The animals used in this study were Sprague Dawley rats were obtained from Harlan, IN. Animals were maintained according to NIH Guidelines for the Care and Use of Laboratory Animals, and the Institutional Animal Care and Use Committee of the University of Georgia approved all treatment protocols. Animals were housed in a temperature- and light-controlled room (14/10 hr light/dark cycle; lights on at 6:00 A.M.) with food and water provided ad libitum. Two-three months old young naïve female rats and 9–11 month old retired breeder middle-aged female rats were used in the study. The number of animals used per groups is as follows: young diestrus (n=6), young proestrus (n=7), middle-aged diestrus (n=5) and middle-aged preostrus (n=6). These results were repeated twice using same number of animals. We also used 3–4 month old, one time breeder as young proestrus (n=6). Regular 4-d cycling animals were killed on proestrous or diestrus (1500–1700 h) and tissue processed for Western blot or immunohistochemistry. Only animals that showed at least two-three consecutive 4-d cycles were included in the study. Cycle stages were determined by daily recording of electrical impedance of the vaginal wall using a commercially available EC40 estrous cycle monitor (Fine Science Tools, Foster City, CA) . Vaginal lavage and microscopic determination of vaginal cytology was also used to confirm estrus cycle stages.
For Western blot analysis, tissue was homogenized in RIPA buffer (1X Phosphate Buffered Saline, PBS), 1% IGEPAL CA-630 (Sigma Chemicals, St. Louis, MO), 0.5% sodium deoxycholate, 0.1% SDS) and protease inhibitors using a polytron homogenizer. After homogenization, samples were centrifuged at 10,000 rpm for 10 min at 4°C. The supernatant fraction was the total cell lysate. Protein concentration in the lysate was determined using a total protein measurement kit from Sigma Chemicals. Protein samples were denatured in sample buffer containing β-mercaptoethanol in 25 mM Tris-glycine buffer and separated on a sodium dodecyl sulfate-polyacrylamide gel after loading equal amount of protein in each lane. Separated proteins were transferred to Immobilon P membrane (Millipore, Billerica, MA, USA) at 27 V for 15 h in 25 mM Tris-glycine buffer, pH 8.3, 10% methanol using a Transblot apparatus (Bio-Rad Laboratories, Inc., Hercules, CA). Following the transfer, the membranes were rinsed twice with T-TBS (20 mM Tris, 137 mM NaCl, 0.1% Tween-20) for 5 min each rinse and then incubated with 5% non-fat dry milk for 1 h at room temperature to block non specific/unbound surface. The membrane was incubated overnight with either polyclonal guinea pig anti-VGAT (12000; EMD Biosciences, Gibbstown, NJ) or monoclonal mouse anti-VGLUT2 (11000; Millipore, MA). The membrane was then washed with T-TBS to remove unbound antibody, followed by incubation with secondary HRP-conjugated donkey anti-rabbit IgG (Transduction Laboratories, San Diego, CA) for 1 h at room temperature. The signal was detected using an ECL detection kit (GE Healthcare, UK) and the membranes were exposed to Kodak Biomax MR film.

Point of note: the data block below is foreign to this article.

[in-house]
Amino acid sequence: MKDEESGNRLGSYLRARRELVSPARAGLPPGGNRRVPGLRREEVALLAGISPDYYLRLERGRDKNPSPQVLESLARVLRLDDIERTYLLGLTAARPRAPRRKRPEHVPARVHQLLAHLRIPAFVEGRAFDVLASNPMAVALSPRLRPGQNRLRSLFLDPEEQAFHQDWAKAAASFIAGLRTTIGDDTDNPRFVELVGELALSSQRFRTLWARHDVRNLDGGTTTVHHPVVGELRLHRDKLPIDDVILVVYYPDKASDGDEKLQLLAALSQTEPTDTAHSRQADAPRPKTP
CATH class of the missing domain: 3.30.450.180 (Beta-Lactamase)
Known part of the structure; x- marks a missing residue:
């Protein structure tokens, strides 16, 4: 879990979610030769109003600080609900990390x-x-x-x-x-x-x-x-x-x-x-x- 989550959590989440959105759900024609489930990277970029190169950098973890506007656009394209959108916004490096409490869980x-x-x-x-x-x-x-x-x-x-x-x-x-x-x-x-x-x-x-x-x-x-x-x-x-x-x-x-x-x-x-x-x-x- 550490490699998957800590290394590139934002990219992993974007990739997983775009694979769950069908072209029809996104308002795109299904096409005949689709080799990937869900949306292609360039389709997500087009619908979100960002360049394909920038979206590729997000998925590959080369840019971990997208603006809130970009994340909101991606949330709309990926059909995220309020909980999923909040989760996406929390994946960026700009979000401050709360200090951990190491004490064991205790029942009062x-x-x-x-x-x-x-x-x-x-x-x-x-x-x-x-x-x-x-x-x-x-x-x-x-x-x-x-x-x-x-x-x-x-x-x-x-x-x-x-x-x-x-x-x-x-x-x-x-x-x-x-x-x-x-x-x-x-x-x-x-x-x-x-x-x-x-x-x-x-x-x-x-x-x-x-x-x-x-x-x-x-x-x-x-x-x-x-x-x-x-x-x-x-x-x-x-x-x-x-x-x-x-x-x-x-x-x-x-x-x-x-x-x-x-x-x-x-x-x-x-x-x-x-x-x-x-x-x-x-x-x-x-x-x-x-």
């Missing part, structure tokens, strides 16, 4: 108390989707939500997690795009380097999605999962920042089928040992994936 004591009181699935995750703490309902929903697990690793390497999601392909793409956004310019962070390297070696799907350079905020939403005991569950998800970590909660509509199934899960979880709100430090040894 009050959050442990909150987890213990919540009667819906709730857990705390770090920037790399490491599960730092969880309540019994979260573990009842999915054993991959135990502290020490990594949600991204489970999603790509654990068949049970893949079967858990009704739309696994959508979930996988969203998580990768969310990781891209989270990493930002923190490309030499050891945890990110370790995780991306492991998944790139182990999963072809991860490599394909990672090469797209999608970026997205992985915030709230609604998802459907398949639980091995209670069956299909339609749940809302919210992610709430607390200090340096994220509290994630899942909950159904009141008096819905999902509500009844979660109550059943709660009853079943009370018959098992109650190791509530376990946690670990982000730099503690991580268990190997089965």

Tissue fixation: Animals were deeply anesthetized with 120 mg/kg ketamine/10 mg/kg xylazine and transcardially perfused with saline followed by fixation with ice-cold solution of 4% paraformaldehyde and 0.05% glutaraldehyde in 0.1 M phosphate buffer, pH 7.4. After perfusion, rodents brains were removed and placed in the same fixative overnight at 4°C, followed by incubation in 30% sucrose solution in 0.1 M phosphate buffer, pH 7.4 at 4°C until the brains sank. Tissue was frozen in OCT (optimum cutting temperature) compound under an atmosphere of nitrogen, and serial coronal sections (40-µm thickness) were obtained on a cryostat (Leica, Germany) through the POA region that contains the AVPV, the medial preoptic nucleus (MPO) and the periventricular POA (PePO) (−0.00 to −0.26 from bregma). The sections were stored in a cryoprotection solution (FD Neurotechnology, Inc, Baltimore, MD) in stereological order for immunostaining.